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Independents' Day

NHS England steps in to help practices struggling to recruit GPs

Exclusive NHS England has promised to help attract new GPs as practices in Essex face a recruitment crisis, with one permanent GP to more than 8,000 residents in one area.

Pulse has learnt that the area team has stepped in after difficulties in recruiting GPs in the north-east of the county.

A spokesperson told Pulse: ‘The Essex Area Team is actively working with individual practices to immediately address the situation and swiftly put in place interim arrangements to help manage this.’

This includes working with providers ‘to enable them to consider new ways of working to meet the challenges currently affecting primary care’.

And ‘developing exciting roles within practices for clinicians to work with commissioners to develop sustainable primary care services’.

Essex LMCs chief executive Dr Brian Balmer said that practices were struggling with recruitment and that general practice could ‘disappear’ in some areas, with residents of Frinton-on-Sea having only one permanent GP to serve more than 8,000 residents.

He said: ‘That area is struggling because several practices are very short on doctors, but they’re not alone. If we sit still, we think normal-type general practice is simply going to disappear in some areas.’

Dr Balmer said they were in talks with their local workforce partnership to get support to improve training and education.

He said:  ‘End of the month we’re hoping to get some support on this, from the Workforce Partnership – I mean real support, financial support. But it won’t be an instant solution.‘

Pulse revealed last year that practices across the country were finding it increasingly hard to recruit new GPs, with vacancy rates quadrupling in the past two years and as many as one position in 12 unfilled.


Readers' comments (63)

  • And Mr Hunt & Co. still thinks there is no recruitement crisis in general practice? This is only a tip of the iceburg.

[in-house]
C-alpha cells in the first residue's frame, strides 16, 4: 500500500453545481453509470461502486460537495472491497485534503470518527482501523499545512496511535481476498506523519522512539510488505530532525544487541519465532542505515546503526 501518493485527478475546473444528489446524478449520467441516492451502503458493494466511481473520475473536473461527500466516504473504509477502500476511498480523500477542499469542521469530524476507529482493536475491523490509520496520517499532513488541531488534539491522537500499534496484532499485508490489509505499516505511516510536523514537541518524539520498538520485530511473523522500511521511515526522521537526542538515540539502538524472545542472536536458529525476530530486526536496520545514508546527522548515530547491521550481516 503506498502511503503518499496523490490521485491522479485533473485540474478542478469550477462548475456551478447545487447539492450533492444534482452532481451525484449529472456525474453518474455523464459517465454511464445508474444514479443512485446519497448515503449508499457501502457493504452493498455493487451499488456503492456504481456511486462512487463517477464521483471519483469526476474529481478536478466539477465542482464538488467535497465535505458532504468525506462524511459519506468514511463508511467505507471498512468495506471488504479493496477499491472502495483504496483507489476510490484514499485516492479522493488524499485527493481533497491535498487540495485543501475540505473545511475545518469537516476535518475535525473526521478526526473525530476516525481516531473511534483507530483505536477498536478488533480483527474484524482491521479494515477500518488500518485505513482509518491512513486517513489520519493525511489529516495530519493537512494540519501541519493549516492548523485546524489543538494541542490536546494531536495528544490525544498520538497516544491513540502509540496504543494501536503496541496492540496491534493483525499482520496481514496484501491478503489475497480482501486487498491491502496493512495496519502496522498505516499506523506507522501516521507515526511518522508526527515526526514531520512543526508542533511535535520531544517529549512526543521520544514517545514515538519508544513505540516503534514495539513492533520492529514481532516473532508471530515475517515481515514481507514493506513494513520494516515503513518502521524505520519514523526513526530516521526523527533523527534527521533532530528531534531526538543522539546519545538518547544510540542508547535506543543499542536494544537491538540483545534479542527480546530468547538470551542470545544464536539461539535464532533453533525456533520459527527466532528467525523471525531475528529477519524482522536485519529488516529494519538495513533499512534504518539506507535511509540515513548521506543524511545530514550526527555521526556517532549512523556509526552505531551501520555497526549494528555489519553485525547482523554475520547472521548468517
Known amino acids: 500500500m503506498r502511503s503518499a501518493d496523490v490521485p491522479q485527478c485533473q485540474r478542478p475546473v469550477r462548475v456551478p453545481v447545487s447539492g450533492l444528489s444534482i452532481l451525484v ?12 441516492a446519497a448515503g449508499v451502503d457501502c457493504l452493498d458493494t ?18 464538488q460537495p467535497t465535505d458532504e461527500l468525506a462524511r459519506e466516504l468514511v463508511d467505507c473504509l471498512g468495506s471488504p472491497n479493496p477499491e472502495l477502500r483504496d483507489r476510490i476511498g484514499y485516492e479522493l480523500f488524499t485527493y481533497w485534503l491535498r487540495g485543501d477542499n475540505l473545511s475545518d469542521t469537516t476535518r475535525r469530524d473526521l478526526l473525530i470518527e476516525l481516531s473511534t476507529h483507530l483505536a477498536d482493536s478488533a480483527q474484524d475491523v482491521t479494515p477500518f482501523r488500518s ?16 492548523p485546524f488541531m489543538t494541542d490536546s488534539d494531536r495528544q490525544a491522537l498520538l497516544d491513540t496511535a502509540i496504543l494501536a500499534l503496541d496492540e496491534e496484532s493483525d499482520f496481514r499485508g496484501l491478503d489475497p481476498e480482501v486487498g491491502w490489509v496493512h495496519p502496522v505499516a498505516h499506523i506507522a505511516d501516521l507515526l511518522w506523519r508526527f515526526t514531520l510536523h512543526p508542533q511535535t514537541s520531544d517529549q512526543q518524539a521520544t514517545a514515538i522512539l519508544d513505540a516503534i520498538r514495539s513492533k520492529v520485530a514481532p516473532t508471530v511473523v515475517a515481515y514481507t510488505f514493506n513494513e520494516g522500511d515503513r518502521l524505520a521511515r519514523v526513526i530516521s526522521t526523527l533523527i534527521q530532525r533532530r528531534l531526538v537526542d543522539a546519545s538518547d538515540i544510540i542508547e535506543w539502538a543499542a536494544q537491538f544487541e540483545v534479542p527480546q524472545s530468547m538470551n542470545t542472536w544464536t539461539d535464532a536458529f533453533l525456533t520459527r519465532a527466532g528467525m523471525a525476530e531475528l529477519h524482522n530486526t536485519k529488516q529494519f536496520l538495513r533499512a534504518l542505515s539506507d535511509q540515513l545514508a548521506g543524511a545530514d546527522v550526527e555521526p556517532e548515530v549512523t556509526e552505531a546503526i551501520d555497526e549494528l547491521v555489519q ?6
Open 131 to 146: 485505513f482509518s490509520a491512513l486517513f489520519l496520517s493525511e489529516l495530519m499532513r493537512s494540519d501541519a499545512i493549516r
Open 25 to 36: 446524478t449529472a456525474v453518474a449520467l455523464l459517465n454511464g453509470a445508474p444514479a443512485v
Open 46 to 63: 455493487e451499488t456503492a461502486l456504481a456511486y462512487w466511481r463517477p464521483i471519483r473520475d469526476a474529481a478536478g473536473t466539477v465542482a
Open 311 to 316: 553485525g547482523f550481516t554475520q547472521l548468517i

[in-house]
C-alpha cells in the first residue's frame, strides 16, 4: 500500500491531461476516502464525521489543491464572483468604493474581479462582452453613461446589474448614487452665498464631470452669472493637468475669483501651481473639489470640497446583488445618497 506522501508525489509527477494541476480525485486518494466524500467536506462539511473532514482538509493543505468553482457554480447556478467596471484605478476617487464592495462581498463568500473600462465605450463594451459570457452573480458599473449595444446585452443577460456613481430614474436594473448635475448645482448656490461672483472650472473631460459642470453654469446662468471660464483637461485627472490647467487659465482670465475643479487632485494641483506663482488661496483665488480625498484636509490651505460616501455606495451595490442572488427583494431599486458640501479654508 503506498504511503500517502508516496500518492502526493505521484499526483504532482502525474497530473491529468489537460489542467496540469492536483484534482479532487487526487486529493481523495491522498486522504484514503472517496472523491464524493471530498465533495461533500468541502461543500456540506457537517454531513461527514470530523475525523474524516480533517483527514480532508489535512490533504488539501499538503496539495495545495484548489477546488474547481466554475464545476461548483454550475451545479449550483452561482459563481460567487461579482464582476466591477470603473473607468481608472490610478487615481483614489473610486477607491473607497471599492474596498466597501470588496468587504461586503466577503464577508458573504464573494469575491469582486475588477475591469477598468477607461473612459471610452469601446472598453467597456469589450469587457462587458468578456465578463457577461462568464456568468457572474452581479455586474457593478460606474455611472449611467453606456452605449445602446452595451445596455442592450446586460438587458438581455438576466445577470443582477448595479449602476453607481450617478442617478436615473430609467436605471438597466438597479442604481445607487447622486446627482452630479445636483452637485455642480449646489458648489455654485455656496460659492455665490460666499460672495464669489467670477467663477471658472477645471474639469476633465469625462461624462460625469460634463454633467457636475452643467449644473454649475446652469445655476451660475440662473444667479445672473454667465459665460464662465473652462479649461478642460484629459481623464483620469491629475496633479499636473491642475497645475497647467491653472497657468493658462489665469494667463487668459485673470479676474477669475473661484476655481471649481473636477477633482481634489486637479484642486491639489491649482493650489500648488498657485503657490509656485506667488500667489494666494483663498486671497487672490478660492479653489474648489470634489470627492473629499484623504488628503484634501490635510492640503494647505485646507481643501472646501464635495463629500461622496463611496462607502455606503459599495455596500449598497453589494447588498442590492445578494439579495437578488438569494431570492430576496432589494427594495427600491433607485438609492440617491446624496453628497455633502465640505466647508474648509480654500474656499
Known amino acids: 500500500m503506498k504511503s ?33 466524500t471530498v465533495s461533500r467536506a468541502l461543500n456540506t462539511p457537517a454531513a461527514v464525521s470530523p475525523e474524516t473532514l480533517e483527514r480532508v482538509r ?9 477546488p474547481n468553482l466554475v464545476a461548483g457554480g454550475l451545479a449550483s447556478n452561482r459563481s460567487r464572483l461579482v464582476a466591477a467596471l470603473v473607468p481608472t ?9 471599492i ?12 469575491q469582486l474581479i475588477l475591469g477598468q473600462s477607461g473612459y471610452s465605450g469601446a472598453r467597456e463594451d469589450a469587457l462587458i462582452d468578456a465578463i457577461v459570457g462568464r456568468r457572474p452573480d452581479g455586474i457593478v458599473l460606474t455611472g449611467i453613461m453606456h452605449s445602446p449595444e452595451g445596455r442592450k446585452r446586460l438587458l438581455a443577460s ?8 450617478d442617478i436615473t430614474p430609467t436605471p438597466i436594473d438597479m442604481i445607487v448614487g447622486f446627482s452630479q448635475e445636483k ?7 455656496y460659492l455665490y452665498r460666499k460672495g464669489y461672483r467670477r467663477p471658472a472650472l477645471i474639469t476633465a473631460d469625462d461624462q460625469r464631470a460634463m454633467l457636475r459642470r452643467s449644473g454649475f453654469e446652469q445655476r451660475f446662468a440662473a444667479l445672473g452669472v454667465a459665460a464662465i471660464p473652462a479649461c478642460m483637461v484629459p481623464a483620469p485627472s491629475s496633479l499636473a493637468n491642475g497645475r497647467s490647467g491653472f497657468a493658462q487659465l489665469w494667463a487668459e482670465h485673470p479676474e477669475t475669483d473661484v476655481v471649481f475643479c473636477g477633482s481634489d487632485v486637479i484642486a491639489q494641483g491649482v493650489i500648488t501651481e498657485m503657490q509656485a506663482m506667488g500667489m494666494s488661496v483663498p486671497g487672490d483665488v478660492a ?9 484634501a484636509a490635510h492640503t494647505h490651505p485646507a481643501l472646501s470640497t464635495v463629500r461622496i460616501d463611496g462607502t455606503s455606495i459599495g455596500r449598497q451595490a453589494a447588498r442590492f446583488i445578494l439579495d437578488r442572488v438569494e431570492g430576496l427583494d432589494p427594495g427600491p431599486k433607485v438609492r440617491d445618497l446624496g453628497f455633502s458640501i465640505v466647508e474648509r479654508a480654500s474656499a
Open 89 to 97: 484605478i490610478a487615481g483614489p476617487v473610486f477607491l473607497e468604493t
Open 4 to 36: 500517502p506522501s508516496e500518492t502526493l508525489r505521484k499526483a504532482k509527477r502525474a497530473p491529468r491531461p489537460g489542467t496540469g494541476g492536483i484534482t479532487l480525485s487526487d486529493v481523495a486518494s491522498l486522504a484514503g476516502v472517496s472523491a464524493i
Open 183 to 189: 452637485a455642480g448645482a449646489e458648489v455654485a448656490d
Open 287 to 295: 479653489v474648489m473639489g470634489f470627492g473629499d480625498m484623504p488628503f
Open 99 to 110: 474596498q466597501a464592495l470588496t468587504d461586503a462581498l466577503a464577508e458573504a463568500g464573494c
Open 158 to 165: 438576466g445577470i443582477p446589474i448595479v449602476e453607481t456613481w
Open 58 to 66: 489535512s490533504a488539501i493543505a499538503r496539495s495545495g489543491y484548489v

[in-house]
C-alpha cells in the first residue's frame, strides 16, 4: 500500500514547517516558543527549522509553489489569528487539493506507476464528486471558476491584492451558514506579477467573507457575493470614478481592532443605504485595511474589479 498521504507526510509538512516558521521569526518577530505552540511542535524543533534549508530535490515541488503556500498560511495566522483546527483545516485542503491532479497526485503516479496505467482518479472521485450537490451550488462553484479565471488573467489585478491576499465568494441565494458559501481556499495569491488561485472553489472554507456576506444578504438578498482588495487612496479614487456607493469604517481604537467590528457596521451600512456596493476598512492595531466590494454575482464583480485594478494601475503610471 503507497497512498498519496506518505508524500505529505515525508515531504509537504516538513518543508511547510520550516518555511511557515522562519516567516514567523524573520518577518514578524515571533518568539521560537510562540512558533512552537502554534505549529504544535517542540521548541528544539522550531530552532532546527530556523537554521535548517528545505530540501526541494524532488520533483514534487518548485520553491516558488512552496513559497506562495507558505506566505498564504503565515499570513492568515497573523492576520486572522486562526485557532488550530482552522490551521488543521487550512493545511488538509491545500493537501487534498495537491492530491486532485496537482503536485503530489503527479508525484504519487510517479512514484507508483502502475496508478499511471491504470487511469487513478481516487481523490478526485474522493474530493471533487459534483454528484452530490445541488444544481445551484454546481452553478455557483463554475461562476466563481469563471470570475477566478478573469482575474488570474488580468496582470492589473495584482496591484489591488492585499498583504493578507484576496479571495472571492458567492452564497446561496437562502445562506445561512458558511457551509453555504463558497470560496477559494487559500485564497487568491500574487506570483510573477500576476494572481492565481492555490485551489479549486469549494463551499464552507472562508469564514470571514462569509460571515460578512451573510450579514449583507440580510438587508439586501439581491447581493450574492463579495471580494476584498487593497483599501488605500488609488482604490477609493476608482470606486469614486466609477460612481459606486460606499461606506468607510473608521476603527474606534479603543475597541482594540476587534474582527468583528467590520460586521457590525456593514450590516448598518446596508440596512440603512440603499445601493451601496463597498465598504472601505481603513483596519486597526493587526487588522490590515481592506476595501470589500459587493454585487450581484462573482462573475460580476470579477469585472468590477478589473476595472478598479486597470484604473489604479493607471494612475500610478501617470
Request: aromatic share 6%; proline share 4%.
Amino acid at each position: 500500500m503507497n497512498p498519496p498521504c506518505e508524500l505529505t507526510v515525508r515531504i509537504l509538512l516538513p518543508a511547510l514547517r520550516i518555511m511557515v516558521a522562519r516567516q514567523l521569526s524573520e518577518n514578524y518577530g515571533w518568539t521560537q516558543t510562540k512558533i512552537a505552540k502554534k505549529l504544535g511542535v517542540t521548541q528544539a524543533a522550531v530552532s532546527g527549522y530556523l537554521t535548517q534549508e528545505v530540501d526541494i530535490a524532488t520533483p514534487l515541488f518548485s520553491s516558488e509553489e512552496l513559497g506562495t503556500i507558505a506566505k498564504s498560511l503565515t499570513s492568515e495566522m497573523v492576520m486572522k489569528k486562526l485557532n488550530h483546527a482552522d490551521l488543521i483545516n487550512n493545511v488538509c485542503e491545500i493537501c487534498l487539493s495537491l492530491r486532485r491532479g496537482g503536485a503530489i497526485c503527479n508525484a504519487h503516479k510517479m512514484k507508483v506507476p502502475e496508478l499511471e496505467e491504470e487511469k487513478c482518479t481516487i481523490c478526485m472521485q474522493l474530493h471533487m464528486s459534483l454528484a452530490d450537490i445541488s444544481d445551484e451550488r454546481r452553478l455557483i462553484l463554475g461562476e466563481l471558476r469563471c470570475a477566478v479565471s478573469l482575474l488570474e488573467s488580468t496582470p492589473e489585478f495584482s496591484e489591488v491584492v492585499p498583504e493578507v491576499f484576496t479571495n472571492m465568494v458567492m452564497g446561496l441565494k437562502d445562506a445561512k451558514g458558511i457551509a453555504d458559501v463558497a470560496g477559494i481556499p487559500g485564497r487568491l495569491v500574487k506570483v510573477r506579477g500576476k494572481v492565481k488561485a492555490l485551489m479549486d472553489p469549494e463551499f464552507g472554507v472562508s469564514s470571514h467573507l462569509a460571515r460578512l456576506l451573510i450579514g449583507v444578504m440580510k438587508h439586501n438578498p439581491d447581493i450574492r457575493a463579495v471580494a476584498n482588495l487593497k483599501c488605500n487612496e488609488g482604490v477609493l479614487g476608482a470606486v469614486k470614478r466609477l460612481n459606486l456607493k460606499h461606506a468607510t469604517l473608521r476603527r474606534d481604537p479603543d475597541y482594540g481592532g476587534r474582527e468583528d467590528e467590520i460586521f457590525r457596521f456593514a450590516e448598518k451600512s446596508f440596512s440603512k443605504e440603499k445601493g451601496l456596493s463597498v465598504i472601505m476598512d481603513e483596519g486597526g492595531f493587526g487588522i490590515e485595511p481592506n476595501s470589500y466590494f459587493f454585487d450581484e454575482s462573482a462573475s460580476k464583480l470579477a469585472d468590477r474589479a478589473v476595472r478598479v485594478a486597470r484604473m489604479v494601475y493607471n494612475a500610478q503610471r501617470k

Mind you I also think salaried GPs has become unrealistic. Many partners (including myself) now earn less then a salaried GP per hour, and we do not enjoy protection of being an employee. We recently offered salary which will put salaried GP on par with us hour on hour on BMA contract (i.e. 13 weeks off/year!) and got turned down - apprantly he thought he should get more money.

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  • But of course according to Nhs England it is nothing to do with pay and conditions will the daily wail and the torygraph take responsibility for what is about to happen to primary care in the parts of the UK under Tory misrule

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  • No, the salaried doctors are not unrealistic. Partners are working for way below what they are worth.

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  • I hope NHS England have a lot of people to do this,reading th BMJ today there was 25 pages of GP salaried+partnership jobs.This is the worst I have seen it in a while.For anyone who is bothered there are 40 pages of opinion+education in the BMJ.GP vacancies were the bulk of the jobs section.Primary care is holed below the waterline and sinking fast.Sadly no matter how NHS england try to support us I feel it might be to little to late.

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  • Anonymous | 24 January 2014 7:19pm

    I feel sorry for colleagues who are partners BUT
    we are all getting a bad deal - please don't blame salaried docs or locums for this. blame the fact we are all being used as a political football.